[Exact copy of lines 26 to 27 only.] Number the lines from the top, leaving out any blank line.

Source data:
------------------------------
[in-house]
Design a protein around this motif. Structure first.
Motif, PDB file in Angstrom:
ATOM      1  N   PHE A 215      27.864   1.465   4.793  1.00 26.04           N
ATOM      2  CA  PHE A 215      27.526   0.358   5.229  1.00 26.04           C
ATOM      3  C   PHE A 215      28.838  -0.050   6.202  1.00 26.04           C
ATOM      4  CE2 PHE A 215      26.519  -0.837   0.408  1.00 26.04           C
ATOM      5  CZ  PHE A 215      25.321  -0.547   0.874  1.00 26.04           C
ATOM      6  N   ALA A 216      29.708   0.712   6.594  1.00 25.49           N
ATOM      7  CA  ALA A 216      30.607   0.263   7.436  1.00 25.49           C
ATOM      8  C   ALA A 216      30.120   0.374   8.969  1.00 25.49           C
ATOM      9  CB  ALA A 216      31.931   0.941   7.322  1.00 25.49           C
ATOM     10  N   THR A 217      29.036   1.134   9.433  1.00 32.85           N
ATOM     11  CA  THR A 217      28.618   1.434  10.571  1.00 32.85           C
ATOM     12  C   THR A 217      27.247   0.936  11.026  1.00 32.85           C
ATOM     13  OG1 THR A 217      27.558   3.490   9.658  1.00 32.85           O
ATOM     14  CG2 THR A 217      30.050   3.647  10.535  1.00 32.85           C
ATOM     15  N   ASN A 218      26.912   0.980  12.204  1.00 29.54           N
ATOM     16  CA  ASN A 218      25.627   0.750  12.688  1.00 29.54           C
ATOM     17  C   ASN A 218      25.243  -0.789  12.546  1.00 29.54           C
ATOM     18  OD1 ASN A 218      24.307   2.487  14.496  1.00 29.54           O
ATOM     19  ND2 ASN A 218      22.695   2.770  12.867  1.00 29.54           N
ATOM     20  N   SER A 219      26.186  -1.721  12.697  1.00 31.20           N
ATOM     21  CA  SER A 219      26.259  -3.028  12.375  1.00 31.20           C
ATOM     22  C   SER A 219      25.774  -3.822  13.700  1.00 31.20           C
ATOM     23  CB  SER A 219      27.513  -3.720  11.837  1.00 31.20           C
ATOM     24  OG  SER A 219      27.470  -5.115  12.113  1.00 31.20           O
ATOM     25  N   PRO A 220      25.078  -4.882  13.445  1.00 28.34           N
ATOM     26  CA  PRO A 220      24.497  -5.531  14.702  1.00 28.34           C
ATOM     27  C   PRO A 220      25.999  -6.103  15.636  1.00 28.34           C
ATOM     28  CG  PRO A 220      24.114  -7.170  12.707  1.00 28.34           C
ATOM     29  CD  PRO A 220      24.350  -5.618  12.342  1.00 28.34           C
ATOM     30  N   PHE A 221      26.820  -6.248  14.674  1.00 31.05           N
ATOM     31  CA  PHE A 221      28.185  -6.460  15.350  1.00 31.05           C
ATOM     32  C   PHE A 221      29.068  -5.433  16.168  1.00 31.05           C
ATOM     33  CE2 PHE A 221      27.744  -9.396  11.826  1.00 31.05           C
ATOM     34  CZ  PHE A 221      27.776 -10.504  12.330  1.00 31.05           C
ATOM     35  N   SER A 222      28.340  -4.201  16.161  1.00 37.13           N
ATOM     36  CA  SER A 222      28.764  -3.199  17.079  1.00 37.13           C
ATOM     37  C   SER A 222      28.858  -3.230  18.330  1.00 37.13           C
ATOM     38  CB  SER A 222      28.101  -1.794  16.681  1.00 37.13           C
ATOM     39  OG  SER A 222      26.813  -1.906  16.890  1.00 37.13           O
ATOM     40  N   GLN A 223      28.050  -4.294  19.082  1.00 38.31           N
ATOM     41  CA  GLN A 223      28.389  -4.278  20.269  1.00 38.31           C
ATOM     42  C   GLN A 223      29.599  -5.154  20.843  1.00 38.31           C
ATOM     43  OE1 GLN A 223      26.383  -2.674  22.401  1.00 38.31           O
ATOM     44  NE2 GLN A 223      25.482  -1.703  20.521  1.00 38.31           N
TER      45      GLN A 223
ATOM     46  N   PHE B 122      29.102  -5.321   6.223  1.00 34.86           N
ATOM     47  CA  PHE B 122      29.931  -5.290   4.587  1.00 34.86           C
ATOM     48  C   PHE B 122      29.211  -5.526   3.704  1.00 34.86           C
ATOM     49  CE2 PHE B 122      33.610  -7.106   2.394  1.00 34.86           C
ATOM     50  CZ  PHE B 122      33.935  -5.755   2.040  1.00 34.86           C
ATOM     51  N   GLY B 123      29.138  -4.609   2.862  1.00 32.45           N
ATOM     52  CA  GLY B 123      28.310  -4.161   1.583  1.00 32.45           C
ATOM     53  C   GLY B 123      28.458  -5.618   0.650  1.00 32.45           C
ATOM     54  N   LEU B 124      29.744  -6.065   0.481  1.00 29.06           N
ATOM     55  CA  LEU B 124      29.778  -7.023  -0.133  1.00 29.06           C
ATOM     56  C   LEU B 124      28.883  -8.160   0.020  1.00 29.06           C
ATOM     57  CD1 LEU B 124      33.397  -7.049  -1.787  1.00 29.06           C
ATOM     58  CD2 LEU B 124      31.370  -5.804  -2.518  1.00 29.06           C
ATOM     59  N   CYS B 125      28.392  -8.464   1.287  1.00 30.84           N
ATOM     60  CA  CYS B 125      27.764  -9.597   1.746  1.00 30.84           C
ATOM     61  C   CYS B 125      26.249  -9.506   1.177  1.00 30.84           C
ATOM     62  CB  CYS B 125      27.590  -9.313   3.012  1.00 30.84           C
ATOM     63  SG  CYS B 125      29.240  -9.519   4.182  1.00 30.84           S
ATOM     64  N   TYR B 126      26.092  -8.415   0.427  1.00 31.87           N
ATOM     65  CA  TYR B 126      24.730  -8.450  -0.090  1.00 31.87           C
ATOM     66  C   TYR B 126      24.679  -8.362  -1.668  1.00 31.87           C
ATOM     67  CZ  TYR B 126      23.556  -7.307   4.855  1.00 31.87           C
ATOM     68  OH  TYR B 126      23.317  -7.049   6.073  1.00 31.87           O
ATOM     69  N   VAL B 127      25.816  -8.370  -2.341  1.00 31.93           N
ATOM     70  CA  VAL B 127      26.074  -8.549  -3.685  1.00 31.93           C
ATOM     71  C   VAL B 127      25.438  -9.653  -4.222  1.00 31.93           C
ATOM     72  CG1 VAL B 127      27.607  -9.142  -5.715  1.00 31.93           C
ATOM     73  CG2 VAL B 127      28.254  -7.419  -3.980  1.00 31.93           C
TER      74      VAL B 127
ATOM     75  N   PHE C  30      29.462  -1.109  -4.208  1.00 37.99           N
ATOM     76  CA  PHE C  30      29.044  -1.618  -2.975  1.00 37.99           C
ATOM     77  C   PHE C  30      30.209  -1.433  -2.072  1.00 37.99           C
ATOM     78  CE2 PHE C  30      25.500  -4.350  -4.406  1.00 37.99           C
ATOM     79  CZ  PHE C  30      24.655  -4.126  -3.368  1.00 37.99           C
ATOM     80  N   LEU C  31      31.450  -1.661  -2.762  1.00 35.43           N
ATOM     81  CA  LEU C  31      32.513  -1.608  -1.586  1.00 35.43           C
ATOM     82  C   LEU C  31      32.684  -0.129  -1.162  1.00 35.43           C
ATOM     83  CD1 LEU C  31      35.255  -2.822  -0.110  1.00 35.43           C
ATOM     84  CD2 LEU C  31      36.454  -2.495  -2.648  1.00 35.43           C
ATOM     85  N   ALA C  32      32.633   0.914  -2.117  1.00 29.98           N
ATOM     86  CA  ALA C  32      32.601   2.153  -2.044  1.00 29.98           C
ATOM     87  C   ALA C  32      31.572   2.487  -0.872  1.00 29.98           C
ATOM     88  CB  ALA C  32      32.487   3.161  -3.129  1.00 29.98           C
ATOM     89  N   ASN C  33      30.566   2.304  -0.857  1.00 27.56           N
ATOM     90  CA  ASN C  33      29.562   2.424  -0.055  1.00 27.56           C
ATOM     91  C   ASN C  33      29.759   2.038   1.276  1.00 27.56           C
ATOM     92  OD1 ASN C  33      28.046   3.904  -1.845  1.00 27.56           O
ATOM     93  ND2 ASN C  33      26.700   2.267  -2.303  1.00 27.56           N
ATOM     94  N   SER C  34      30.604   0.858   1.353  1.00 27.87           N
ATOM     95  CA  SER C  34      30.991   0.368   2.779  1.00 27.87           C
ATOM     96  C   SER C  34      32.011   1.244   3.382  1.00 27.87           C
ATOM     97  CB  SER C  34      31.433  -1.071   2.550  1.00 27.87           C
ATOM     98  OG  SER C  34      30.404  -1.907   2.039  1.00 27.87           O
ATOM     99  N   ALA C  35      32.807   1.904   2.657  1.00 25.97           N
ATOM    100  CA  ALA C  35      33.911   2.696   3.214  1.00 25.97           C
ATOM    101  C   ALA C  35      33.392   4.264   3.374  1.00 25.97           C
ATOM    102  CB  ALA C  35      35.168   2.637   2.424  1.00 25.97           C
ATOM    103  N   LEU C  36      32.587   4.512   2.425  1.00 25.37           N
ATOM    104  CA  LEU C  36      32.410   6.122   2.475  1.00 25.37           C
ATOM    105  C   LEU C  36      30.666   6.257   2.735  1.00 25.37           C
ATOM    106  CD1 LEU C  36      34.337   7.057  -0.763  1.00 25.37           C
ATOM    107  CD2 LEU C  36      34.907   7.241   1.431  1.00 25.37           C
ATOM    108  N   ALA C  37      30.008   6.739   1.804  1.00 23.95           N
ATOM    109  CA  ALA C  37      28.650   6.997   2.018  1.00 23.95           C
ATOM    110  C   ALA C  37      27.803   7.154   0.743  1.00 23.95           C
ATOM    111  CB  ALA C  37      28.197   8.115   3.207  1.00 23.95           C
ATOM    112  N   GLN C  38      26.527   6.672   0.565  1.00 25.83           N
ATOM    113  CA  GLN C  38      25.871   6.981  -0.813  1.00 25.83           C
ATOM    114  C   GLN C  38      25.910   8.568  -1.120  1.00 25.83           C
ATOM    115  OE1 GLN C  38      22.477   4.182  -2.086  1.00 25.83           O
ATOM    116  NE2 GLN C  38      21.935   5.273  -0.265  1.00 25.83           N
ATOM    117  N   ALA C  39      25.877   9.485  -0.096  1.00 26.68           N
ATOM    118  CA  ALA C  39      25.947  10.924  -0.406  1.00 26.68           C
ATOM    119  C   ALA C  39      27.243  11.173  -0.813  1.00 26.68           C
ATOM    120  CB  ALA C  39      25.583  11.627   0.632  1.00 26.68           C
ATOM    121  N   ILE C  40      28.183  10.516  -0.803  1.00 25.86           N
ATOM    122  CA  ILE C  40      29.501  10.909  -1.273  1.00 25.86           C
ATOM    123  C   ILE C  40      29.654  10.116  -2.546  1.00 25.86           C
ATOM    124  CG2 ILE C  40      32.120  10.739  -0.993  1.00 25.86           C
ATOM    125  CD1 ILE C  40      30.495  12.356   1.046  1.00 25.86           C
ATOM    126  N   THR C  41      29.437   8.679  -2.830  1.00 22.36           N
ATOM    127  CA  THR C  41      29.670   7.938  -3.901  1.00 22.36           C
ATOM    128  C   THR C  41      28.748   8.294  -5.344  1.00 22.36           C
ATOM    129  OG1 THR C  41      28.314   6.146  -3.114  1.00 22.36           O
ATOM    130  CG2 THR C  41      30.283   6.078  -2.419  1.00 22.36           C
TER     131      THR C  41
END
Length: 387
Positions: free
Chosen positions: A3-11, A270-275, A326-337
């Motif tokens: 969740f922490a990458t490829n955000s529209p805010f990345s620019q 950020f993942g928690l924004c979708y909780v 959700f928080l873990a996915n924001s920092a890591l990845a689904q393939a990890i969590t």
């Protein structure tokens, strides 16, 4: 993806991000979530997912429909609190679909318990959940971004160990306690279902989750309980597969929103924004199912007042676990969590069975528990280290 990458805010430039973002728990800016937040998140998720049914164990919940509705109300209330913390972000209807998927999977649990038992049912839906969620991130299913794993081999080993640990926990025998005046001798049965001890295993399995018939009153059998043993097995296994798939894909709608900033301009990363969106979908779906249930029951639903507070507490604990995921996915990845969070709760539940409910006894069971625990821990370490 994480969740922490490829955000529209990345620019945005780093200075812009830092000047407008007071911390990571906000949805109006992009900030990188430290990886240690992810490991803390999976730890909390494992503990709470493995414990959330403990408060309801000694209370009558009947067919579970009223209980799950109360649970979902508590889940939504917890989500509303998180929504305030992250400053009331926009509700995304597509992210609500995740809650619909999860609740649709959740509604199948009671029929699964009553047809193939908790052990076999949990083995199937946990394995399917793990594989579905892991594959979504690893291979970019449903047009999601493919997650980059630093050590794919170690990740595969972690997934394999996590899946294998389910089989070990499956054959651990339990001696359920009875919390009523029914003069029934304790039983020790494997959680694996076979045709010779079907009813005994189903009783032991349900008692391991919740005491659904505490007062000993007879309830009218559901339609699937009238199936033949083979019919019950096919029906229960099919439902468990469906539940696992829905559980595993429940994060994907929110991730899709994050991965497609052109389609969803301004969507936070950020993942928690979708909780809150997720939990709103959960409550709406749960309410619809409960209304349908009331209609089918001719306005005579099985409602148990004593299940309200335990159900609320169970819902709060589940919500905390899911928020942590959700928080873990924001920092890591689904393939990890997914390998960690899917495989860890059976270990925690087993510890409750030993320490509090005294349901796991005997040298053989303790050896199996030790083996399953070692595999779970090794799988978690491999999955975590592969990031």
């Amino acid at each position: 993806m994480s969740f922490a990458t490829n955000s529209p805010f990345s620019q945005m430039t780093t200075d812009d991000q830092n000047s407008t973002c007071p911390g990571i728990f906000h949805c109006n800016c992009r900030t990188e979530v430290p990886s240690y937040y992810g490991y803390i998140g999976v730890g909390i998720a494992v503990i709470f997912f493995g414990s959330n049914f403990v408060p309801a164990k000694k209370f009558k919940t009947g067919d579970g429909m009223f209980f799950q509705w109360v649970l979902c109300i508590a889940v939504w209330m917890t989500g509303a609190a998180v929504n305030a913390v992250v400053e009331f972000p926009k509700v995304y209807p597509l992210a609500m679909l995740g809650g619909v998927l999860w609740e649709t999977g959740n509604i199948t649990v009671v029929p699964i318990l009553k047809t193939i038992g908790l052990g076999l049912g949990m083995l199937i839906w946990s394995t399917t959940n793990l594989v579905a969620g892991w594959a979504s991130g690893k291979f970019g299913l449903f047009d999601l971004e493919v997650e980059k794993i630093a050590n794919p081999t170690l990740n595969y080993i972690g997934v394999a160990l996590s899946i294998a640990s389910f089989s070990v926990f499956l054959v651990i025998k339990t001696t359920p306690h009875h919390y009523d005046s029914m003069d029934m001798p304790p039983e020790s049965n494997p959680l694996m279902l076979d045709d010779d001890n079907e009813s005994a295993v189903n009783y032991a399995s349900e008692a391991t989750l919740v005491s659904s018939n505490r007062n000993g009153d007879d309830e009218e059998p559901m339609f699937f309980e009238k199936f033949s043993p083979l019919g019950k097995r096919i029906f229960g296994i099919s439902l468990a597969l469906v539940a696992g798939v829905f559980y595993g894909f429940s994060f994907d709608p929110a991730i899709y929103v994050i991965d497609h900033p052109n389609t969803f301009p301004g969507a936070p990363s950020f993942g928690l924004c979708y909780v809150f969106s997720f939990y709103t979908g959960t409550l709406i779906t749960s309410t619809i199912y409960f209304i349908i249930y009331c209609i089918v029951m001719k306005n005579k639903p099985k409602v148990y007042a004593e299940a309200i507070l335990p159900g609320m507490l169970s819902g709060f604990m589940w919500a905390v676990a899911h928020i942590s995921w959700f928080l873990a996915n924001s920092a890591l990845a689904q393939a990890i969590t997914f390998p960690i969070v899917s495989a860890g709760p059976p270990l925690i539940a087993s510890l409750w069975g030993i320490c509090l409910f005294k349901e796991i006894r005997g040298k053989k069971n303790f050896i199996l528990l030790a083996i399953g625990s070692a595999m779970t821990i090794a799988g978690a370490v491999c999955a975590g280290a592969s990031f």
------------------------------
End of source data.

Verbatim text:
ATOM     23  CB  SER A 219      27.513  -3.720  11.837  1.00 31.20           C
ATOM     24  OG  SER A 219      27.470  -5.115  12.113  1.00 31.20           O